Scout Snipers Raft Idaho’s Salmon River

Categories: Highlights, Outdoor Adventures, Support Our Troops

The very generous Henggeler Family, who has continuously donated to Freedom Alliance to meet the needs of veterans, recently helped us sponsor an outstanding vacation to the Lower Salmon River on the Washington-Idaho border.

Franz Henggeler even came along for the trip and helped us host a few of our nation’s heroes for a river rafting and fishing expedition.

Another faithful donor, Jim Stewart, founder of Seattle’s Best Coffee, suggested we check out Aggipah River Trips on the Salmon River. Franz, who had been on a rafting trip in Boise, wanted to do something similar for Freedom Alliance, knowing that our veterans would love it.

For this event we reached out to a small community of Marines called “Scout Snipers.” These Marines must graduate from several demanding training schools to become the “Hunter of Gunmen,” or HOGs.

We found 10 Scout Snipers to take to Idaho, all serving as snipers in elite, diverse roles. Most have deployed to Iraq and Afghanistan, some have sought further education or continue to serve as overseas contractors, several are medically retired from combat injuries, and one is currently training future Scout Snipers at the Marine Corps base at Quantico, Virginia.

From the tiny airport in Lewiston, Idaho, we drove to meet our Aggipah River Trips guides, one of whom has been a boatman on the Salmon River for 47 years. The boatmen offered four kinds of vessels for our four days on the river, which the Marines rotated between.

There were two inflatable kayaks, two fishing rafts, one gear raft, and a traditional paddle boat for the white-water stints.

Once into the boats, the servicemen began to catch small-mouth bass as they floated. Later, the river guides used the catch to prepare fried bass nuggets for picnics on the riverbanks.

Other meals included steak, grilled over an open fire; barbecue ribs; grilled salmon; eggs Benedict, and streusel coffee cake—the latter of course complemented by mugs of Jim Stewart’s coffee!

In the evening, the boats moored on the river banks, where the sand was so white and fine, you might mistake it for an exotic sea coast. Most of the men didn’t bother setting up tents because the night skies were nearly cloudless, encouraging under-the-stars sleep.

At the end of the four days, the Scout Snipers presented Franz with .50- and .762-caliber rounds.

“These are two rounds used by our community, and we present them as a token of our appreciation,” said Dave, a sniper team leader who fought in Iraq. “They were in my pack and traveled the Lower Salmon with us.”

Franz’s kindness clearly meant a lot to the Marines, and they didn’t hesitate to say so.

Jeremy, who has served in Japan, Iraq, and Afghanistan, said, “I will certainly be keeping in contact with these guys…. I can’t describe how good it feels to make a racket with a bunch of similarly heathenous heathens…!”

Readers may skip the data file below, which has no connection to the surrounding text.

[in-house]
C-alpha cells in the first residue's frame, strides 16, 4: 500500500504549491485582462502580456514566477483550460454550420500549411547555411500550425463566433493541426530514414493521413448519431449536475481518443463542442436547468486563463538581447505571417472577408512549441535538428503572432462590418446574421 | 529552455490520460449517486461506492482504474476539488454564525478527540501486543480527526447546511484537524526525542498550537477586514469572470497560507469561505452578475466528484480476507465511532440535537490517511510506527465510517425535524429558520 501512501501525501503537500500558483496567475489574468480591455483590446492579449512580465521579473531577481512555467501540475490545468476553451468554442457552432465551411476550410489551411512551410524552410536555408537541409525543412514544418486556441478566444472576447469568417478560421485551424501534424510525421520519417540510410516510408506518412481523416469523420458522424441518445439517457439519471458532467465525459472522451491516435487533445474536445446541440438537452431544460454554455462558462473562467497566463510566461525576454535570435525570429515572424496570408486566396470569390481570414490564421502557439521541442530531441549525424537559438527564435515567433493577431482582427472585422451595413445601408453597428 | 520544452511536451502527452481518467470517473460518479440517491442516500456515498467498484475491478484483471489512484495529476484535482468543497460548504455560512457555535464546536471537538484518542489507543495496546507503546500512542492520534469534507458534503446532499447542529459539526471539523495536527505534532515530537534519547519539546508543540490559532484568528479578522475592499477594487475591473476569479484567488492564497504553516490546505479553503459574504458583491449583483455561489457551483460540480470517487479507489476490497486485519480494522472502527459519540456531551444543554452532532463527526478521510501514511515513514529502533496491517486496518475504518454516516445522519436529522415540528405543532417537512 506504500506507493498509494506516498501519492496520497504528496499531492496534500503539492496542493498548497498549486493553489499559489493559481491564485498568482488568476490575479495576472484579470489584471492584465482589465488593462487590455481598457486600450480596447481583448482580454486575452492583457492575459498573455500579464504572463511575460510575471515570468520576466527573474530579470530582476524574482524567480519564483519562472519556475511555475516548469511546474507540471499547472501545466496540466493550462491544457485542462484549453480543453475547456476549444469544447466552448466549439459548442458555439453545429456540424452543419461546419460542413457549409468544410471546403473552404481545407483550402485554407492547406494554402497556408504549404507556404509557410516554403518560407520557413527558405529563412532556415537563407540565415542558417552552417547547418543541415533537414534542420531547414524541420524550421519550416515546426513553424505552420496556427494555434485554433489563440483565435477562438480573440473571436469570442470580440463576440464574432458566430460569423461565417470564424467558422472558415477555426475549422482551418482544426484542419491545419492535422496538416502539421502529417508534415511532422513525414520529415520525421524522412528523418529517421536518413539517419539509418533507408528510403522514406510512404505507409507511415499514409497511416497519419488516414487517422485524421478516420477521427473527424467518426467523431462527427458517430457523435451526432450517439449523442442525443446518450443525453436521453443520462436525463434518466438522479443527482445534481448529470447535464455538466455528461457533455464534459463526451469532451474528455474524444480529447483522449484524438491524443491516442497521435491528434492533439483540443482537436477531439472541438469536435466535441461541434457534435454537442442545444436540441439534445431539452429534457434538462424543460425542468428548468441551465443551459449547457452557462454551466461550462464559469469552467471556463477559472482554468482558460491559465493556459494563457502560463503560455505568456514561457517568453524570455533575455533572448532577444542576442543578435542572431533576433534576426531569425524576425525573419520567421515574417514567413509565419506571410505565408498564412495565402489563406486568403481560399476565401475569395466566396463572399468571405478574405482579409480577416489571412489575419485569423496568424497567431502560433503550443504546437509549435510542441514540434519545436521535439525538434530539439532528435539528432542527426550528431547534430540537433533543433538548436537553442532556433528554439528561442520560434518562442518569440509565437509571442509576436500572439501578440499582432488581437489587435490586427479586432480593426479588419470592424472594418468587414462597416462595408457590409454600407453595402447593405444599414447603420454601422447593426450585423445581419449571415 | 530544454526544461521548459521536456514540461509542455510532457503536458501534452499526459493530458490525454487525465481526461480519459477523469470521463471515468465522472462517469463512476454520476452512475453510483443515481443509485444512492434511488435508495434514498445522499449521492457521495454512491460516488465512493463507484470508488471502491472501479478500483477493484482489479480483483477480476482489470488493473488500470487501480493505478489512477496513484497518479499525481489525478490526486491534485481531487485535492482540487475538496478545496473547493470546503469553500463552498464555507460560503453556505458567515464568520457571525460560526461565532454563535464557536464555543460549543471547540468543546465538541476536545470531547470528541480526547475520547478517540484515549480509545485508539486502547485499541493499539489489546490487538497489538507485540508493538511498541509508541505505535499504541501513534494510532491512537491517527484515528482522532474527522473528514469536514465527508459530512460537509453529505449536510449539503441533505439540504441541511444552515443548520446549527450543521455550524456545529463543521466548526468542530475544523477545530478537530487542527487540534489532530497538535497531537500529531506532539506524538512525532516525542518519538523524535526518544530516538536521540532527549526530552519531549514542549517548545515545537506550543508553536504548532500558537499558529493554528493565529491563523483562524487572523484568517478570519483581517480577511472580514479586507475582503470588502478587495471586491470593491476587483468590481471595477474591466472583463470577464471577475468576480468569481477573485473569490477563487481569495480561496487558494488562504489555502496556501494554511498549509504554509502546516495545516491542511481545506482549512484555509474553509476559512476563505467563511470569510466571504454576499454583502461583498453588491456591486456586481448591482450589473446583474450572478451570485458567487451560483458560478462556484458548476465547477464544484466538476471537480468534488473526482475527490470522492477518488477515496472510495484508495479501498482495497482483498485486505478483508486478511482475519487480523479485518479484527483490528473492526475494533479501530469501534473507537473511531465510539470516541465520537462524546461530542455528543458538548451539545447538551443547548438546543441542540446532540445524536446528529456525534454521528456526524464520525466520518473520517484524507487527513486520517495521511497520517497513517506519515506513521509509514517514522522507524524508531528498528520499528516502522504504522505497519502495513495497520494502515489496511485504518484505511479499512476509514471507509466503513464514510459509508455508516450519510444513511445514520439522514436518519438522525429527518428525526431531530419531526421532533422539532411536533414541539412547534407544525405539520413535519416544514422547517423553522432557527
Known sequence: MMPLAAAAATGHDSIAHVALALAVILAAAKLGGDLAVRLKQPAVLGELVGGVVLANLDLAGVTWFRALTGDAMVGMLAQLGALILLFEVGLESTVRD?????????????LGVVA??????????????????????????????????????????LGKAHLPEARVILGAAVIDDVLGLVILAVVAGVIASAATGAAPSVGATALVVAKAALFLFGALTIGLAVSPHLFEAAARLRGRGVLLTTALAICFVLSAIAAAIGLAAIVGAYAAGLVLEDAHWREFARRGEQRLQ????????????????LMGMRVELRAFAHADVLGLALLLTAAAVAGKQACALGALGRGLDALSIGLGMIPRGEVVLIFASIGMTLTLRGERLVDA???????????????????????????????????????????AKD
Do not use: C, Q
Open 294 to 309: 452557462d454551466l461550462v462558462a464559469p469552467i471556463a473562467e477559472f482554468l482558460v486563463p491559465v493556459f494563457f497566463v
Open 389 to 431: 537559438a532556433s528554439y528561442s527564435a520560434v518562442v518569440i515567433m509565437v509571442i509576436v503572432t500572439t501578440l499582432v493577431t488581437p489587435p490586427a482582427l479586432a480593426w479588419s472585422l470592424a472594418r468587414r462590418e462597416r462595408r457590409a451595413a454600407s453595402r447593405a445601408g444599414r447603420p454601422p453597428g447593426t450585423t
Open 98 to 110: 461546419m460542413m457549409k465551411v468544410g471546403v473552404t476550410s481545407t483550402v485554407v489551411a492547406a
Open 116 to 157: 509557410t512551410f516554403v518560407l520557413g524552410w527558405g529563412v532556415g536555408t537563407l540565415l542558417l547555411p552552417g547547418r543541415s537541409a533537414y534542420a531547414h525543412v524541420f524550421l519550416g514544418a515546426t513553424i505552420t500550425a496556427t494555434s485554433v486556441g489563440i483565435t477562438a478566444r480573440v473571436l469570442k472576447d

Todd was wounded by grenades and small-arms fire in 2004 during the Battle of Fallujah. “Since then,” he said, “I’ve struggled with the effects of multiple traumatic brain injuries, along with numerous and varied paths to recovery.

“The rafting and fishing trip on the Lower Salmon River provided an opportunity to relax and unwind with fellow warriors in a remote and beautiful setting in Idaho. It meant a lot to me to share the camaraderie and esprit [de corps] built over the past ten years in Iraq and Afghanistan with others who understood the true cost of war.”

One sergeant attended the rigorous sniper training, achieving the highest courses for urban and mountain sniping, but never deployed—something he regrets every day. He says that when he joined the Marine Corps, he wanted to serve his country overseas, he wanted to be a part of the fight. Since his expectations took a different turn, the sergeant has supported his country in other ways, but that hasn’t lessened the disappointment.

The Salmon River rafting trip helped him in an unforeseen way. Cass explains, “I went on this trip feeling like a third wheel or a place holder….” Since he’d never seen combat, he felt like he didn’t belong.

“What I realized during this trip,” he said, “is that it doesn’t matter whether I deployed or not—my brothers couldn’t care less. They love me for who I am, the heart I have, and the reason for why I joined….”

Cass continues, “I joined to serve my country and protect its people, values, and traditions. I was prepared to do so, and the men on this trip helped me to realize that.”

And that seemed to be what the Marines appreciated most: being together with members of their brotherhood.

“This trip allowed me to grow lifelong friends who I would have never otherwise been able to meet,” said Paul, a first sergeant with many combat deployments.

Corey echoed that sentiment. This sniper served in the Persian Gulf, Afghanistan, and Iraq, and today directs a firearms training facility near Phoenix. “It was a chance to relax and be around a group of guys, no matter what generation, known or unknown to me, with like-minded ways of thinking. Being able to meet and make new friends—you put us all together. Thank you for everything.”

Another Scout Sniper, Scotty, has had two brain surgeries in the last year, and he was feeling depressed about his career as a sniper coming to a close. “This trip helped me see the light outside of all the negative things that had accumulated in my life,” he said. “I’m so truly thankful….”


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